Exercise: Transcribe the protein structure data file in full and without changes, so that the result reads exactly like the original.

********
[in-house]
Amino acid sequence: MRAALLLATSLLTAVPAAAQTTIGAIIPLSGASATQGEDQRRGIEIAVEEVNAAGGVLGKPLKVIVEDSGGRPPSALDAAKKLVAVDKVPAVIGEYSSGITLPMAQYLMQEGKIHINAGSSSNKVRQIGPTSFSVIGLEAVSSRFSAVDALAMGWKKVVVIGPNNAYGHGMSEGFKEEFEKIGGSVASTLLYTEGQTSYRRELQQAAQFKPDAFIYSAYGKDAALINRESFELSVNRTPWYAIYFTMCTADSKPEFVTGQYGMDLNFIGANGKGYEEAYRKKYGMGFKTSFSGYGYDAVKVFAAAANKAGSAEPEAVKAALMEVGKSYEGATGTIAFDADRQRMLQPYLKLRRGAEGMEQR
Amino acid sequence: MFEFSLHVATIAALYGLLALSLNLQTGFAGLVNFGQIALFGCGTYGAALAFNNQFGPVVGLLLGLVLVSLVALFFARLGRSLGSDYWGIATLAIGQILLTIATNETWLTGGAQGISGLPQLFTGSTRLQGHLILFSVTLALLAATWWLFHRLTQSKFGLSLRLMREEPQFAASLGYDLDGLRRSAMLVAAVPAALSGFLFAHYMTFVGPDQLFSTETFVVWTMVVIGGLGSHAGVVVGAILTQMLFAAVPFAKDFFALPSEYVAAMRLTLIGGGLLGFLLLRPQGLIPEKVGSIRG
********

[in-house]
Amino acid sequence: MRAALLLATSLLTAVPAAAQTTIGAIIPLSGASATQGEDQRRGIEIAVEEVNAAGGVLGKPLKVIVEDSGGRPPSALDAAKKLVAVDKVPAVIGEYSSGITLPMAQYLMQEGKIHINAGSSSNKVRQIGPTSFSVIGLEAVSSRFSAVDALAMGWKKVVVIGPNNAYGHGMSEGFKEEFEKIGGSVASTLLYTEGQTSYRRELQQAAQFKPDAFIYSAYGKDAALINRESFELSVNRTPWYAIYFTMCTADSKPEFVTGQYGMDLNFIGANGKGYEEAYRKKYGMGFKTSFSGYGYDAVKVFAAAANKAGSAEPEAVKAALMEVGKSYEGATGTIAFDADRQRMLQPYLKLRRGAEGMEQR
Amino acid sequence: MFEFSLHVATIAALYGLLALSLNLQTGFAGLVNFGQIALFGCGTYGAALAFNNQFGPVVGLLLGLVLVSLVALFFARLGRSLGSDYWGIATLAIGQILLTIATNETWLTGGAQGISGLPQLFTGSTRLQGHLILFSVTLALLAATWWLFHRLTQSKFGLSLRLMREEPQFAASLGYDLDGLRRSAMLVAAVPAALSGFLFAHYMTFVGPDQLFSTETFVVWTMVVIGGLGSHAGVVVGAILTQMLFAAVPFAKDFFALPSEYVAAMRLTLIGGGLLGFLLLRPQGLIPEKVGSIRG